by Suzanne Neufang
August 21, 2017 – The recent announcements by major hotel chains on the expansion of advance cancellation penalties drove a degree of media coverage, but a lack of understanding of the potential cost implications for corporate hotel programs. Off-the-cuff assumptions rarely satisfy CFO queries; travel managers need to have answers ready for their bosses as questions on the impact of these changes are likely as 2018 budgets come into focus.
HRS certainly understands that hotels have every right to maximize their room inventory and generate revenue. That said, optimized supplier-buyer relationships are a priority for hotel chains big and small. Armed with metrics from verifiable travel data, HRS believes travel programs can leverage their relationships and proven performance to mitigate these new fees and help keep the historical free-of-charge cancellation up to 6 pm on the day of arrival in place.
A new study from HRS, together with fresh survey results, provides the first true glimpse at the potential fiscal ramifications of these new policies for multi-national corporate hotel programs. An in-depth analysis of the booking data of our largest corporate customers over the past twelve months – cancellations in particular – leaves no doubt that these new fees could drive millions in new travel-related expenditures. Some takeaways from the study:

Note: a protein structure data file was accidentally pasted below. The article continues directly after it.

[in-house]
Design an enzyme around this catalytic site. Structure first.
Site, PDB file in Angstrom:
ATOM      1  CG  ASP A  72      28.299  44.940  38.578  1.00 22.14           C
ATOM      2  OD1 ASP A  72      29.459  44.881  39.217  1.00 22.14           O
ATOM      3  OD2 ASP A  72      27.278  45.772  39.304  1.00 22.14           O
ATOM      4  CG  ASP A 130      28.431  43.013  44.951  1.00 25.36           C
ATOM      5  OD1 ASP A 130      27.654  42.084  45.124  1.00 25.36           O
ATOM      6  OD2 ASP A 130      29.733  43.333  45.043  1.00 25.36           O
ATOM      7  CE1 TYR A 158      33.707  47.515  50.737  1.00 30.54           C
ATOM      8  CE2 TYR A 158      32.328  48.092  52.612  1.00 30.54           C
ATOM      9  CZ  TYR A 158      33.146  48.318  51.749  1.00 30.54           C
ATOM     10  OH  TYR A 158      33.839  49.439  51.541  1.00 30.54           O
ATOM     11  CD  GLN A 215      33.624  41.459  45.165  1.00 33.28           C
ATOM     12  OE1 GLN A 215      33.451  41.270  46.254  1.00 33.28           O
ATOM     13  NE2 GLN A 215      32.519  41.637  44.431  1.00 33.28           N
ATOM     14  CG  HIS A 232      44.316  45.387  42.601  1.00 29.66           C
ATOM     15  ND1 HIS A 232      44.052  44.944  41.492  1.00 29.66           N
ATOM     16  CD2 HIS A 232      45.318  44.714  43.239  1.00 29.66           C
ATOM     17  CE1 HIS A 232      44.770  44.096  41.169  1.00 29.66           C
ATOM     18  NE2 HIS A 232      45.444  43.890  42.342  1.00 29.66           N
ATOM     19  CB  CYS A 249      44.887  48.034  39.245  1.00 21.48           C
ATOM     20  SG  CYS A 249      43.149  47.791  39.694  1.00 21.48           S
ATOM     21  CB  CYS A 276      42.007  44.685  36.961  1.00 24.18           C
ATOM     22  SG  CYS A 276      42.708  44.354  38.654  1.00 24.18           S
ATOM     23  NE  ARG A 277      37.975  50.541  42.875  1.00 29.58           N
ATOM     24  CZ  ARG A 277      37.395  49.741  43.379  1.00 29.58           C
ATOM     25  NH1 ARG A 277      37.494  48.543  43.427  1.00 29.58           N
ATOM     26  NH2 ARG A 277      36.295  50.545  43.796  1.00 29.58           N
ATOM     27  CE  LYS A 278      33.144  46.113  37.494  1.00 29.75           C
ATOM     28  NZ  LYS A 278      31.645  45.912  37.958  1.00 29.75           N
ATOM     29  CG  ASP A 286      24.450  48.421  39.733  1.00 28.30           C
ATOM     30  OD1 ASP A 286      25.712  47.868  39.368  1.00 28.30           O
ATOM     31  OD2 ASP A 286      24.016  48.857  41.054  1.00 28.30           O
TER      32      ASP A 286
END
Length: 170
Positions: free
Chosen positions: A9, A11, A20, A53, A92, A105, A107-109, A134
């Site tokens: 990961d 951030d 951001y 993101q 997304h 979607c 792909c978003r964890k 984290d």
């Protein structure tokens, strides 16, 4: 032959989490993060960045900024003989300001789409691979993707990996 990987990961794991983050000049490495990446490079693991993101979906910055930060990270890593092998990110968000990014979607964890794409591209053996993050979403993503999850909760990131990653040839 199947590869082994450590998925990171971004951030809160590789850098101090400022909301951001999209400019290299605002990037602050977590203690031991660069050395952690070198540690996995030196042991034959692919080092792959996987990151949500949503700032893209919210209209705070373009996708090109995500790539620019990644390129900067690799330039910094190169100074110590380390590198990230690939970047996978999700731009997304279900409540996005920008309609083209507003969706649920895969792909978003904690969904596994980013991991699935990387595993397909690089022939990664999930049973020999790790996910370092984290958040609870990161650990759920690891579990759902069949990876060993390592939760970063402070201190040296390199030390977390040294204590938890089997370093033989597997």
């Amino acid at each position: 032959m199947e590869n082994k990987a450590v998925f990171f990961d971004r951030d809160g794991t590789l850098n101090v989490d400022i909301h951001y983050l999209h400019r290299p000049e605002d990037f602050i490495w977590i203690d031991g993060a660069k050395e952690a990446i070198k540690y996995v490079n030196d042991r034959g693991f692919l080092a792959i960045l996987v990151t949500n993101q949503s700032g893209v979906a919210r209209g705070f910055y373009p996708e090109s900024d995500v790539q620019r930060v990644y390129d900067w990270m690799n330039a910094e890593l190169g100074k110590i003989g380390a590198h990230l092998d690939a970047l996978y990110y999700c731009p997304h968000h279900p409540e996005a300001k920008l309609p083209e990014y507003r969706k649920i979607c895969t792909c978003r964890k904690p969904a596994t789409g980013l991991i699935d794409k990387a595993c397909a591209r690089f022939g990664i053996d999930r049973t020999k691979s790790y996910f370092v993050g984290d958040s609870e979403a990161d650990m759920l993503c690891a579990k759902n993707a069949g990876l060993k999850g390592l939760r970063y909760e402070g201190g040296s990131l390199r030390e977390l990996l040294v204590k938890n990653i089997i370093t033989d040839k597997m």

- 17 percent of business trips are cancelled
- Five percent of those cancellations are within 48 hours of arrival
To provide a concrete example, HRS took a detailed look at metrics potentially impacting a multi-national client that spends $82 million globally on lodging:
- If all cancellations made by this company in North America within 48 hours of arrival were subject to this charge, the budget impact would be $600,000 USD a year.
- If all chain hotels globally implement this policy, this same company could see additional costs of up to $2.7 million USD, corresponding to three percent of total booking volume.
As these results show, there is real money at stake. While most of the changes so far impact only North American properties for a few global chains, corporations need to be vigilant on this issue as the traditional RFP season begins in earnest in September. Hoteliers often mimic other industries…once a new revenue stream proves to be sustainable, it’s a good bet that many others will follow suit. And once they see notable revenue from the new policy, it’s certainly conceivable that such policies could extend to properties on other continents.
Travel buyers that outsource to HRS can be assured that this issue will be properly addressed in hotel negotiations – not only to mitigate recent policy expansions, but to wrap in a degree of protection from future fees that some chains are modeling.
The survey of 100 travel managers reveals that most travel buyers value cancellation policy flexibility; we’re confident that hoteliers will respect that never-ending request when it is married with the bulletproof data of “past room nights” that showcase the steady volume of a preferred customer. We encourage travel managers to get their best data, re-state the importance of business traveler flexibility, and work with their preferred hotel supplier partners to prolong historical policies that best serve today’s business traveler.